Thursday, August 25, 2011

Foster care in South Carolina: Three good Samaritans vs. one bad agency

Last week, Janice Dowd, a 51-year-old grandmother in York, South Carolina, was found living with her seven-year-old grandson in a tent in the woods.  Here’s how it happened, according to the Rock Hill, S.C. Herald:

Dowd, who is unemployed, became homeless after her rent and utility bills forced her out of a rental home she could not afford.

After she could no longer stay with a family member and later the same friend who notified police about the tent in the woods, Dowd did not have the money to turn on the lights at a public housing apartment in [the town of] Clover.

Without the money for utilities, Dowd was not allowed to move in.  Fortunately, three total strangers knew exactly what to do.

Ken Thomas did the right thing.  "Nobody should have to live like that, and, by God, if I have anything to say about it, it will never happen again," Thomas, a 72-year-old retired military veteran who saw Dowd near her tent Tuesday told The Herald. He immediately opened up his home for her to sleep Tuesday night.  "A granny and a child out in a tent. That's not the America I know," Thomas said.

Shannon Whitesides did the right thing.  She’s a York County Council on Aging social worker who helps older residents in York's White Oak senior apartments.  Thomas enlisted her help.  Whitesides helped Dowd move in to the new apartment after the utility problems were resolved.

Shelly Risk, did the right thing.  She’s the manager of the apartment complex.  The Herald reports that

Risk started calling around to try to find more help, collecting beds and clothes and groceries. More donations came in, from money to food to a Superman book bag for when Dowd's grandson goes to school.  "Her grandson went to school with my own little boy last year in York," Risk said. "We had to help these people. She is not a bad person. She cares about that child."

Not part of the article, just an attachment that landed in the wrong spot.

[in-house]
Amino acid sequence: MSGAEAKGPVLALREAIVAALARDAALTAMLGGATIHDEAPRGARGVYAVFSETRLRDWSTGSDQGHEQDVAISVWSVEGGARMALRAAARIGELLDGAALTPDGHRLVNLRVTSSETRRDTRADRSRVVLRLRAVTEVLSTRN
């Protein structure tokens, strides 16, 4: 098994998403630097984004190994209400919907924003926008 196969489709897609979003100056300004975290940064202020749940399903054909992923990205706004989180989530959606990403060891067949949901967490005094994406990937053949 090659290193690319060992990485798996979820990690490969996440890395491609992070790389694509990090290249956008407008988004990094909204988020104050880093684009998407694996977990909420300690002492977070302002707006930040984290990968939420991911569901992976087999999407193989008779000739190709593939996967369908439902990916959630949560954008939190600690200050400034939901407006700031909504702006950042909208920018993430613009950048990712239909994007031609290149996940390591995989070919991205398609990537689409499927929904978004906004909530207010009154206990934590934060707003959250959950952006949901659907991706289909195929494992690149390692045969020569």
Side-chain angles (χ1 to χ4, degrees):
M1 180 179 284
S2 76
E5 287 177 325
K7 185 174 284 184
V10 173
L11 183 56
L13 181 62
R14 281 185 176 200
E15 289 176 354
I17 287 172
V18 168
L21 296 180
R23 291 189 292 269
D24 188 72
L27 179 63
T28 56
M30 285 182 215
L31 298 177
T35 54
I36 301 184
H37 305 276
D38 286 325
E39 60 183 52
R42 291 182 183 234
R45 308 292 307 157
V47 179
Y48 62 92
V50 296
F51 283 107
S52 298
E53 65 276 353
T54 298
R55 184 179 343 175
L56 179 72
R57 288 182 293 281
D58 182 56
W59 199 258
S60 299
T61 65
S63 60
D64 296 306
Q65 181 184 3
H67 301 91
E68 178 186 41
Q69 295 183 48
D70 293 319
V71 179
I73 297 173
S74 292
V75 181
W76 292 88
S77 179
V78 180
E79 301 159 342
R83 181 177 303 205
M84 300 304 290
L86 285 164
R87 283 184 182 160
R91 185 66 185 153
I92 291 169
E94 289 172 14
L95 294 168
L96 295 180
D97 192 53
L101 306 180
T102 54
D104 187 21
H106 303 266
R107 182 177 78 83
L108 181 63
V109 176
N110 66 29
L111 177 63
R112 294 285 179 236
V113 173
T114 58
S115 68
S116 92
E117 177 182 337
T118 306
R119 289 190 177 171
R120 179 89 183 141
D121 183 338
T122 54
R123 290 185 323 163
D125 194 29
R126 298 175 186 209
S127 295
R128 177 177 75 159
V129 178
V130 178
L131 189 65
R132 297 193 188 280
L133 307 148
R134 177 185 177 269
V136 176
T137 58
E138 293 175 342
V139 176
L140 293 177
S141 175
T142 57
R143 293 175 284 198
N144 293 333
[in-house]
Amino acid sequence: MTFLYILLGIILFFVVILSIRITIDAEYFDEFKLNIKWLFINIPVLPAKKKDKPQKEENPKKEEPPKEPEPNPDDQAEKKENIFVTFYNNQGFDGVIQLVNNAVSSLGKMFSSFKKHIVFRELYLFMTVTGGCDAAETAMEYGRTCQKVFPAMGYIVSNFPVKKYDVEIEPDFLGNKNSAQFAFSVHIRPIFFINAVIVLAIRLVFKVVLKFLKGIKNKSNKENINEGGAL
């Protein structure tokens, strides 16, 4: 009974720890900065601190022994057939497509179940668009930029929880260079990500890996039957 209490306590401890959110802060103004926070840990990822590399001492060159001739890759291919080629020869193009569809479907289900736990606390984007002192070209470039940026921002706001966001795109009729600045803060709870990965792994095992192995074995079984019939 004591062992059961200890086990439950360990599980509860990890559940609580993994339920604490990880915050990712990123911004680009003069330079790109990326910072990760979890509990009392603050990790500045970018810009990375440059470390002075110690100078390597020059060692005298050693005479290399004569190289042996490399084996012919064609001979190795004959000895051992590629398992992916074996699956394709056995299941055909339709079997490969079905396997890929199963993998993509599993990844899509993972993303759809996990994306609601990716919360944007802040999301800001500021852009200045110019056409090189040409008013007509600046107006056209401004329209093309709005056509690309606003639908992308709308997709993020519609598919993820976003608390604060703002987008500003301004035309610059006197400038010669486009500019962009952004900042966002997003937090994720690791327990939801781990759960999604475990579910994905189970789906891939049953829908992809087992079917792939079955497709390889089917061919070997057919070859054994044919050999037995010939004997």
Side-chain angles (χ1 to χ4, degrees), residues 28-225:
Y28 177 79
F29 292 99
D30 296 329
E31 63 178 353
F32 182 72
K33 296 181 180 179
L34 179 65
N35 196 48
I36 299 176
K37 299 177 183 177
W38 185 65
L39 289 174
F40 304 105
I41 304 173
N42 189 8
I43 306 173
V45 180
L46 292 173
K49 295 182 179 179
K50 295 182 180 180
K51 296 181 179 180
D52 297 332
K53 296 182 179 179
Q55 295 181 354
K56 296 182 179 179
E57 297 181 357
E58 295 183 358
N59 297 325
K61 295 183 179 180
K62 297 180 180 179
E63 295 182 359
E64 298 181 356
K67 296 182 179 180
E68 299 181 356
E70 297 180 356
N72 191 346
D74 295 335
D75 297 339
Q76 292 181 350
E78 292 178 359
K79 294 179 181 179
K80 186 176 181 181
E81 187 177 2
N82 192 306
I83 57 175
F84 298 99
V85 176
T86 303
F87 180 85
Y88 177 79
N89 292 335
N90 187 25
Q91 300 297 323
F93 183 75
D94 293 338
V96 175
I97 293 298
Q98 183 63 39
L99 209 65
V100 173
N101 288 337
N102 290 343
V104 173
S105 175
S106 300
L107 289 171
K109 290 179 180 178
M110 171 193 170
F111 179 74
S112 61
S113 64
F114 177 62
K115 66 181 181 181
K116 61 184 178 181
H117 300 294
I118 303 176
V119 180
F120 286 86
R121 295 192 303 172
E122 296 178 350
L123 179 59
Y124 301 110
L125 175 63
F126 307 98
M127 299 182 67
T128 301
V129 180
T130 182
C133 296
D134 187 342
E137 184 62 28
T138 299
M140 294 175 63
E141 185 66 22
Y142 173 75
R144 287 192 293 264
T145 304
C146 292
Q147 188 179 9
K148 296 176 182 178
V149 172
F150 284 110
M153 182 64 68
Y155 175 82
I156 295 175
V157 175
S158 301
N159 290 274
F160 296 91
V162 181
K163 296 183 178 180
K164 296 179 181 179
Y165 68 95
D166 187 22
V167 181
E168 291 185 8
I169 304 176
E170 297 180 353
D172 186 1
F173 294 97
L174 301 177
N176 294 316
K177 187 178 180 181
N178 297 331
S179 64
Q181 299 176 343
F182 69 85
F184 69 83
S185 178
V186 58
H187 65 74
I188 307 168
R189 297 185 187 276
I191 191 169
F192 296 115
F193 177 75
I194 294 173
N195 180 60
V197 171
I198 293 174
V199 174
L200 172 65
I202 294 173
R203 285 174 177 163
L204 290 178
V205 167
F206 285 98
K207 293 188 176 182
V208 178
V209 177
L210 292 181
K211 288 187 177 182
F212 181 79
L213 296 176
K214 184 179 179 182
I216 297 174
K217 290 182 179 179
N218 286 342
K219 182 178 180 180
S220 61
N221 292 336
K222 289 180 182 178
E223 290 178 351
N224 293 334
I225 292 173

And once the story made the paper, all sorts of other people came forward to do the right thing, too.

With all those strangers working to make things better, who in the world would actually step in and make things worse?  Like anyone even has to ask.  Yes, things went downhill as soon as the police called in the South Carolina Department of Social Services.

Rather than simply provide the cash to get those utilities turned on, they confiscated the child and threw him into foster care – which, in addition to being far more cruel also is more expensive for taxpayers.

Even though Dowd has no criminal record, even though Whitesides went to court with Dowd that afternoon and promised to help her move in, and even after the problem with getting the utilities turned on had been resolved, DSS and a judge would not let the child return to his grandmother.

First Dowd will have to provide proof of residency.  Then DSS will send out a caseworker to make sure the new apartment passes her white glove test.  Then, according to The Herald, comes “a review of finances and any other means of support to endure the child’s continued safety,” according to a DSS spokeswoman.

After all that, this seven-year-old boy, torn from the grandmother who raised him from infancy might – might – be reunited with that grandmother.

If this all sounds disturbingly familiar, perhaps that’s because it’s so much like the case that made headlines in Texas just last month.  Or maybe it’s because of the similarities to another case from South Carolina.

But I’m sure authorities in South Carolina will find some way to explain how this was not a case of tearing apart a family because of poverty.  And I’m sure they’ll find some wretched excuse for why their bureaucracy couldn’t show the same wisdom, compassion and common sense of three total strangers.